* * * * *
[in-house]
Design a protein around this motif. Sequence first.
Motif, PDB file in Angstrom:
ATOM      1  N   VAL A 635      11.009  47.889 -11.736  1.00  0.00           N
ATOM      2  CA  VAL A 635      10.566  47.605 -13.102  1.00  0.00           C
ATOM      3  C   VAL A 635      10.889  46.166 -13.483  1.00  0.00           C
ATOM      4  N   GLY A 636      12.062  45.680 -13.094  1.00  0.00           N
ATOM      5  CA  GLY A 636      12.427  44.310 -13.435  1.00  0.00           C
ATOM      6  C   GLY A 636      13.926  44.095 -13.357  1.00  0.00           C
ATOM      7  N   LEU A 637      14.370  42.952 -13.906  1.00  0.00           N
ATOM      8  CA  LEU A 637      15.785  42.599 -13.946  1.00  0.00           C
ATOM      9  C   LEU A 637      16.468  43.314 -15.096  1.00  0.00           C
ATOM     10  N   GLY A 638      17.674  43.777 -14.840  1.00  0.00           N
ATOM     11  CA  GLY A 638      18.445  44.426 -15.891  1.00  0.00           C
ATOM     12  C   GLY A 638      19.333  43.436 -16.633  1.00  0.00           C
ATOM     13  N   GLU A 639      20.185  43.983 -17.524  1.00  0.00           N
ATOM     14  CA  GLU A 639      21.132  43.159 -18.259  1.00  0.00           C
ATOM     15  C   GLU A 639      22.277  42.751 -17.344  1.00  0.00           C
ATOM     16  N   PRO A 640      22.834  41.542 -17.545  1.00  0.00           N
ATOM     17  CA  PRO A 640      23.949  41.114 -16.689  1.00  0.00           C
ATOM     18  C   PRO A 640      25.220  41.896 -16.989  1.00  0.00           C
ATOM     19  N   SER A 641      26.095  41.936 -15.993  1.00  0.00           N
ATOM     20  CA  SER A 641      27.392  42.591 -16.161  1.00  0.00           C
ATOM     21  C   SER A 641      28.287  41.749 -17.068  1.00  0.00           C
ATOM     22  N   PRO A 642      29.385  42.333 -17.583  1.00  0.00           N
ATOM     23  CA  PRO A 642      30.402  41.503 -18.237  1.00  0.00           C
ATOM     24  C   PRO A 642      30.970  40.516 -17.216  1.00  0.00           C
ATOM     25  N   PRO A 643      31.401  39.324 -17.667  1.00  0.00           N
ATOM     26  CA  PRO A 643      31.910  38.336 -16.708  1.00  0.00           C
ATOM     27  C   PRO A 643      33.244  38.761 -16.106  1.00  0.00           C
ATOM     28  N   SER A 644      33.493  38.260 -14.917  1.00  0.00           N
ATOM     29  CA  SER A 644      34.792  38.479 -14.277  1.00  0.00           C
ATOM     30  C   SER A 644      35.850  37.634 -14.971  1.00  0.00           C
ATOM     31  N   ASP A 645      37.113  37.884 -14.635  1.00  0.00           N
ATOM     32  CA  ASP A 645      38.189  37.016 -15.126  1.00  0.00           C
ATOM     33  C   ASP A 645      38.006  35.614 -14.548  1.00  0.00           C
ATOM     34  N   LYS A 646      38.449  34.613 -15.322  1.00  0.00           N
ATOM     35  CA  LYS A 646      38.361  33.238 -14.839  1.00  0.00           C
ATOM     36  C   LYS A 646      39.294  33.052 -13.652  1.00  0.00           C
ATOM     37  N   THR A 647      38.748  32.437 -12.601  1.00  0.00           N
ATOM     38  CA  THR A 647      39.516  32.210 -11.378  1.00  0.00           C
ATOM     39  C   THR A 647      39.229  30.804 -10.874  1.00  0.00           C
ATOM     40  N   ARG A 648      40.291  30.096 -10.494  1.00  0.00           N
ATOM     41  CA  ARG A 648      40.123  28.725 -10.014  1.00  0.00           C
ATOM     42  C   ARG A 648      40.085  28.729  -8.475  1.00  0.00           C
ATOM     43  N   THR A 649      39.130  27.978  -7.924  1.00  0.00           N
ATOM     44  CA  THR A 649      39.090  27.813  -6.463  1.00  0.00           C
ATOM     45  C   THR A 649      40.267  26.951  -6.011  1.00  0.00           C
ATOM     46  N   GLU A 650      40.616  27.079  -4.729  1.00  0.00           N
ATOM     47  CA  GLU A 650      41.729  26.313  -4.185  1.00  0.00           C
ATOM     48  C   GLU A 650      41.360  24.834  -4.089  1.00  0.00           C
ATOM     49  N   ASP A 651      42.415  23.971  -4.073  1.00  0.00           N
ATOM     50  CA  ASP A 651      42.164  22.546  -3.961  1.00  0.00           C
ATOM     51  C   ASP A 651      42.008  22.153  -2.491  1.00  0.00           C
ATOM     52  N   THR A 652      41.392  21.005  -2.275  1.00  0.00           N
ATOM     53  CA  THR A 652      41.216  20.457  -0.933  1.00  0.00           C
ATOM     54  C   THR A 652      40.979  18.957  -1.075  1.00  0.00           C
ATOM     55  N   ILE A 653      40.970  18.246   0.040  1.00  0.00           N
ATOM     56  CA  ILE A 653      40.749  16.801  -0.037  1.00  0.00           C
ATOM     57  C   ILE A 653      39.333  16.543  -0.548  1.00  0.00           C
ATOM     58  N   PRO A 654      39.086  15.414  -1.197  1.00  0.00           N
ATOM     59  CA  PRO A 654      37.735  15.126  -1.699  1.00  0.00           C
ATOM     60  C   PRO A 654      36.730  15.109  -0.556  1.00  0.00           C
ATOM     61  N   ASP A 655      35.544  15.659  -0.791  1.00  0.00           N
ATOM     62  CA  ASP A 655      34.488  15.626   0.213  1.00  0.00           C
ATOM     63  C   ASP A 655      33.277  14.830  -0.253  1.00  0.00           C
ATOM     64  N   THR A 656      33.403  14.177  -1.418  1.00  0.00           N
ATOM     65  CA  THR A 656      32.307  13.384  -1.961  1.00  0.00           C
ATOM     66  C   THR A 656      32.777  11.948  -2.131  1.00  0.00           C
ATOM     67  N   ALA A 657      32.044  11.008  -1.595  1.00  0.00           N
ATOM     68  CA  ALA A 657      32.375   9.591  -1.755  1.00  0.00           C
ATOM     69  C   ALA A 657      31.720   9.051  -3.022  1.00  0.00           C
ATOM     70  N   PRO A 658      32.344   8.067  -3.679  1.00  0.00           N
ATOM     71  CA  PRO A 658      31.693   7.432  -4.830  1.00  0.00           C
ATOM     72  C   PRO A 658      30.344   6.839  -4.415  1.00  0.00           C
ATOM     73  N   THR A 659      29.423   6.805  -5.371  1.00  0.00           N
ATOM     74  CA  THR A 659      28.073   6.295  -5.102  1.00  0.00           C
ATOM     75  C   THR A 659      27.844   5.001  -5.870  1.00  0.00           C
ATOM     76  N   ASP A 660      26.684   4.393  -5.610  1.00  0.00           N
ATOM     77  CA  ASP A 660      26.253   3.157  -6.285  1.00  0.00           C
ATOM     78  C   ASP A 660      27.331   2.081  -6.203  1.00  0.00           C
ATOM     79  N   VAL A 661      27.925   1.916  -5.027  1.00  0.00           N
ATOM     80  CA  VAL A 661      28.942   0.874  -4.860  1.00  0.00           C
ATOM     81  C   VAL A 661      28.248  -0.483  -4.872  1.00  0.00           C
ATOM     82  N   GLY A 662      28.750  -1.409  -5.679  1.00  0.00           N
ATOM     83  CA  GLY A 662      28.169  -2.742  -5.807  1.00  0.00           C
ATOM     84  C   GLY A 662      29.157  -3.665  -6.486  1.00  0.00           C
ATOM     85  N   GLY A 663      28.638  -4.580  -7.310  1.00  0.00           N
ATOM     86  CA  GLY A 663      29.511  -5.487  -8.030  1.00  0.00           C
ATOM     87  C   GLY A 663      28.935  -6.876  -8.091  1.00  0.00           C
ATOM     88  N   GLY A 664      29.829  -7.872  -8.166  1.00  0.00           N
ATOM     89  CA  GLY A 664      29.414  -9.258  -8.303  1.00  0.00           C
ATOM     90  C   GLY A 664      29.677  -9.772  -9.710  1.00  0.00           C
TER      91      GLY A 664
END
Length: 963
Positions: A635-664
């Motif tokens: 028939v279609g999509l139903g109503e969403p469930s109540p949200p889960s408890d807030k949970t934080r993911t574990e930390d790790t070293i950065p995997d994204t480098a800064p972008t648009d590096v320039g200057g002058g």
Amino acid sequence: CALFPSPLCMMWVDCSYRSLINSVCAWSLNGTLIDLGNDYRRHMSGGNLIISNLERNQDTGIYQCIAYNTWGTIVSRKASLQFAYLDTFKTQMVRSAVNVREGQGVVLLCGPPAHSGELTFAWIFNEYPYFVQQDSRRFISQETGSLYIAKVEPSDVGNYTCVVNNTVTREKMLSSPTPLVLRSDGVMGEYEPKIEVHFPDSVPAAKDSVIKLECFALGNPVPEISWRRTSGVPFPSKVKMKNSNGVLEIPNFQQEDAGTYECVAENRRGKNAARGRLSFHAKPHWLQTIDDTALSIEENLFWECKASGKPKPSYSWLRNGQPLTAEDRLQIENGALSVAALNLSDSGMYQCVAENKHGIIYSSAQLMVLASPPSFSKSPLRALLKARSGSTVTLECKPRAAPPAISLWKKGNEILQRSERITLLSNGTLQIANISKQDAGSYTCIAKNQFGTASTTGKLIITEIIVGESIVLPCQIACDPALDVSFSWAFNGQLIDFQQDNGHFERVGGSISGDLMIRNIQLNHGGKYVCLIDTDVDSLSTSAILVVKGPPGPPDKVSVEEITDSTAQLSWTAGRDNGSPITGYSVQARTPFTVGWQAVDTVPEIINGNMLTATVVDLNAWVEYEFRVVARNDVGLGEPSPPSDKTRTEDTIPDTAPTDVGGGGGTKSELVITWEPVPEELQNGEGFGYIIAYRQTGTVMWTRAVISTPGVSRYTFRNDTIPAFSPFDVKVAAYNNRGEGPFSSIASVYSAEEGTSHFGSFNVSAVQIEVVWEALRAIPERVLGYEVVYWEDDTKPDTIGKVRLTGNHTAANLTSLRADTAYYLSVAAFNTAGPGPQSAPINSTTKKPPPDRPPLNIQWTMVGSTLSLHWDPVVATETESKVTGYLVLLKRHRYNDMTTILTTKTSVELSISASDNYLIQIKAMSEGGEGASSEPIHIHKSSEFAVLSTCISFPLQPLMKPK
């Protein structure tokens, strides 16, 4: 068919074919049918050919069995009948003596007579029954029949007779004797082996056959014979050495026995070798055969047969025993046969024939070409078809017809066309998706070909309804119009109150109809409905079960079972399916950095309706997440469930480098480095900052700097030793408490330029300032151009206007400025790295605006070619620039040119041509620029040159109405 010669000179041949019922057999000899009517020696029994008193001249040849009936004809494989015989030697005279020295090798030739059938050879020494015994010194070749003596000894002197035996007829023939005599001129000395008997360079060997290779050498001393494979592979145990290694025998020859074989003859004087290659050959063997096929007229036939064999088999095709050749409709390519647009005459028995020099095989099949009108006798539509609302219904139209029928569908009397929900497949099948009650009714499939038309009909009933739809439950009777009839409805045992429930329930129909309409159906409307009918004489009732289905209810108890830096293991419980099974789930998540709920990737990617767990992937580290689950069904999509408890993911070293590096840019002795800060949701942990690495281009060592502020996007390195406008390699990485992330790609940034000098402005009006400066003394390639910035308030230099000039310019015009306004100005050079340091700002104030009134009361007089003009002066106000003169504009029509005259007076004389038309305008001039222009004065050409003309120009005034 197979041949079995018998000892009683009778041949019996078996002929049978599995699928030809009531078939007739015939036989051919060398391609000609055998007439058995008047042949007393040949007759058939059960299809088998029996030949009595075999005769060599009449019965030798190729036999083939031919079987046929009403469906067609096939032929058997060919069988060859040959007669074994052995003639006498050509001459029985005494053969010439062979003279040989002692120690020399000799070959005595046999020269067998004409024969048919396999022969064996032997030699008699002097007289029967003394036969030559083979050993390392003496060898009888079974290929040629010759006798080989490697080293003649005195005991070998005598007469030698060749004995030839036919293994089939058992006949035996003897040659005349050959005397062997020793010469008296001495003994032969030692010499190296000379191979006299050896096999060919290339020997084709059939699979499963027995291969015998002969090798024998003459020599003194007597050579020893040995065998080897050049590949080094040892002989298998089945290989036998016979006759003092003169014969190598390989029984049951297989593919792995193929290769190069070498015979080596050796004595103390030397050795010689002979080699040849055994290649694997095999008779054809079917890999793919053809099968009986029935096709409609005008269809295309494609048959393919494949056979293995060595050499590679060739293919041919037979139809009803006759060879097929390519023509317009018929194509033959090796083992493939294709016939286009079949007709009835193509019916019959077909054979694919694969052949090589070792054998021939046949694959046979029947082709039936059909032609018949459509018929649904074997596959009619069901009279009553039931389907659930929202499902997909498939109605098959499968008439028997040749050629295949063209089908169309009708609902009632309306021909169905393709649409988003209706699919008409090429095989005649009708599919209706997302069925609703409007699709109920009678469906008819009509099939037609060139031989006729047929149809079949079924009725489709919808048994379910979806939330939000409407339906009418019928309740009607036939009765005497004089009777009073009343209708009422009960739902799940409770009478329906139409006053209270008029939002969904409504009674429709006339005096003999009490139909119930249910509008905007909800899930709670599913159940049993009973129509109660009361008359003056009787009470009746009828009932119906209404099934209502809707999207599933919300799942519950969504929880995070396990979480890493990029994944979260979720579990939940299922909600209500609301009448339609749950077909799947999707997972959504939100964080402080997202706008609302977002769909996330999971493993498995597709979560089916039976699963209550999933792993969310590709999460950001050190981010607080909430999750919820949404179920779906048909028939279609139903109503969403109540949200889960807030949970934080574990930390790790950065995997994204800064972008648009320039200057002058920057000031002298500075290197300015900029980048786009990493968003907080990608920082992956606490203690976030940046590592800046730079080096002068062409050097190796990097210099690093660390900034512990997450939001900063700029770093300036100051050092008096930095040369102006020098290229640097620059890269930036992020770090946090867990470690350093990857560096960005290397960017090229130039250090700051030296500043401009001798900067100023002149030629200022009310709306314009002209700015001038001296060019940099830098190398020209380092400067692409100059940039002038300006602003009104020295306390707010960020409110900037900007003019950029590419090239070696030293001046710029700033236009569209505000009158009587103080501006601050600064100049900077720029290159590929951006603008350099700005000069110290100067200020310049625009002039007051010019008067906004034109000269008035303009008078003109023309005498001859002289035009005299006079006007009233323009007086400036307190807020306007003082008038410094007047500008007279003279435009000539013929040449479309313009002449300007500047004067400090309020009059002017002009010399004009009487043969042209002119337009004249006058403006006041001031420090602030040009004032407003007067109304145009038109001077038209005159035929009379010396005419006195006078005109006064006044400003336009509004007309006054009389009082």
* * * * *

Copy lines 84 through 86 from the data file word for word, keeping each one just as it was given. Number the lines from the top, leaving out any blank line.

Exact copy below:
ATOM     81  C   VAL A 661      28.248  -0.483  -4.872  1.00  0.00           C
ATOM     82  N   GLY A 662      28.750  -1.409  -5.679  1.00  0.00           N
ATOM     83  CA  GLY A 662      28.169  -2.742  -5.807  1.00  0.00           C